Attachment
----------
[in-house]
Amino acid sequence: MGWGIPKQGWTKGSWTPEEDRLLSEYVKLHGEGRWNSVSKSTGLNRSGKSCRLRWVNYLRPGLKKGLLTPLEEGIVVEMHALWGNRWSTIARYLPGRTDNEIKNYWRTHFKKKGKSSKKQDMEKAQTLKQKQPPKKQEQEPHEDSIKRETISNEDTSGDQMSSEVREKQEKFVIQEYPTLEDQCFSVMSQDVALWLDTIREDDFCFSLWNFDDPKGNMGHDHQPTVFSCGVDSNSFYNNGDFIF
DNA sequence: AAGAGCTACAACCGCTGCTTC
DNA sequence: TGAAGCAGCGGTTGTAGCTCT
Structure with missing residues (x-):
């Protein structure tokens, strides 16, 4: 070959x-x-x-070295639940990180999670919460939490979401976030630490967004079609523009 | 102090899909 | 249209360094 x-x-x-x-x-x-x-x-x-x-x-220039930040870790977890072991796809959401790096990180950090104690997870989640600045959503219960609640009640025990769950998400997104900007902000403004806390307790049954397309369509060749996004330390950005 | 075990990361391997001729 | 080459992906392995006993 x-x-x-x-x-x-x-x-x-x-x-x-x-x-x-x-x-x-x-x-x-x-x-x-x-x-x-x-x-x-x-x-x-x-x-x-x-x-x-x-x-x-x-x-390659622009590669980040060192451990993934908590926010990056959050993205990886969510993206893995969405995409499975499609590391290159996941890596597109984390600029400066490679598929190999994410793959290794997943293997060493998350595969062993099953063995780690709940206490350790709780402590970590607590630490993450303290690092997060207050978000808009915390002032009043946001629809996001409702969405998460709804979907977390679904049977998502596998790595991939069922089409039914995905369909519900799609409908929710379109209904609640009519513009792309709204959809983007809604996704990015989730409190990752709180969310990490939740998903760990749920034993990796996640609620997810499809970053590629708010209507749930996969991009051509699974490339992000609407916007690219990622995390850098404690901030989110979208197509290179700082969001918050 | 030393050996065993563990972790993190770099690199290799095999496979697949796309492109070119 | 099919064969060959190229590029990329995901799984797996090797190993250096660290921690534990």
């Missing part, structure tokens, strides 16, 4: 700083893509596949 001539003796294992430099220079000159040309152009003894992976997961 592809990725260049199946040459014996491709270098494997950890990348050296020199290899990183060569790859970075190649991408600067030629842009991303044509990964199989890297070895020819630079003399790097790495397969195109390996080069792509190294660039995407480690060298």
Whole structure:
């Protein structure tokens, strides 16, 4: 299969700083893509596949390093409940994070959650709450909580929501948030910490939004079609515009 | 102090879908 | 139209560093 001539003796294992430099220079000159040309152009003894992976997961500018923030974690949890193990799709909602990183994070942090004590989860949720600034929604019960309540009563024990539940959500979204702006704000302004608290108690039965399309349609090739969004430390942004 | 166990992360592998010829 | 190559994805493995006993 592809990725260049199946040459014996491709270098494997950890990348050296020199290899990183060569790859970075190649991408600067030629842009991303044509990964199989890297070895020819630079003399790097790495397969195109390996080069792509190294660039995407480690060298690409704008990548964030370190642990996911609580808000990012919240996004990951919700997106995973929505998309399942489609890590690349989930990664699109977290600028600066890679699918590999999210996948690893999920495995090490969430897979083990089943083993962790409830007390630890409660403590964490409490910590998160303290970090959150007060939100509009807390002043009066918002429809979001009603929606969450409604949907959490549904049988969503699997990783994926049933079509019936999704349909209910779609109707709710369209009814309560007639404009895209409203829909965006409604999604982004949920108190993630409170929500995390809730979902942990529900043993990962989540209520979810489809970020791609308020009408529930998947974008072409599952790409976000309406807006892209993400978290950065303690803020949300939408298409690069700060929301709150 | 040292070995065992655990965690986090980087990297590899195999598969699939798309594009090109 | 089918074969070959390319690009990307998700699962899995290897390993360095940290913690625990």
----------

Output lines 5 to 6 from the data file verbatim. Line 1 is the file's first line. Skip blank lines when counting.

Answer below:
Structure with missing residues (x-):
């Protein structure tokens, strides 16, 4: 070959x-x-x-070295639940990180999670919460939490979401976030630490967004079609523009 | 102090899909 | 249209360094 x-x-x-x-x-x-x-x-x-x-x-220039930040870790977890072991796809959401790096990180950090104690997870989640600045959503219960609640009640025990769950998400997104900007902000403004806390307790049954397309369509060749996004330390950005 | 075990990361391997001729 | 080459992906392995006993 x-x-x-x-x-x-x-x-x-x-x-x-x-x-x-x-x-x-x-x-x-x-x-x-x-x-x-x-x-x-x-x-x-x-x-x-x-x-x-x-x-x-x-x-390659622009590669980040060192451990993934908590926010990056959050993205990886969510993206893995969405995409499975499609590391290159996941890596597109984390600029400066490679598929190999994410793959290794997943293997060493998350595969062993099953063995780690709940206490350790709780402590970590607590630490993450303290690092997060207050978000808009915390002032009043946001629809996001409702969405998460709804979907977390679904049977998502596998790595991939069922089409039914995905369909519900799609409908929710379109209904609640009519513009792309709204959809983007809604996704990015989730409190990752709180969310990490939740998903760990749920034993990796996640609620997810499809970053590629708010209507749930996969991009051509699974490339992000609407916007690219990622995390850098404690901030989110979208197509290179700082969001918050 | 030393050996065993563990972790993190770099690199290799095999496979697949796309492109070119 | 099919064969060959190229590029990329995901799984797996090797190993250096660290921690534990």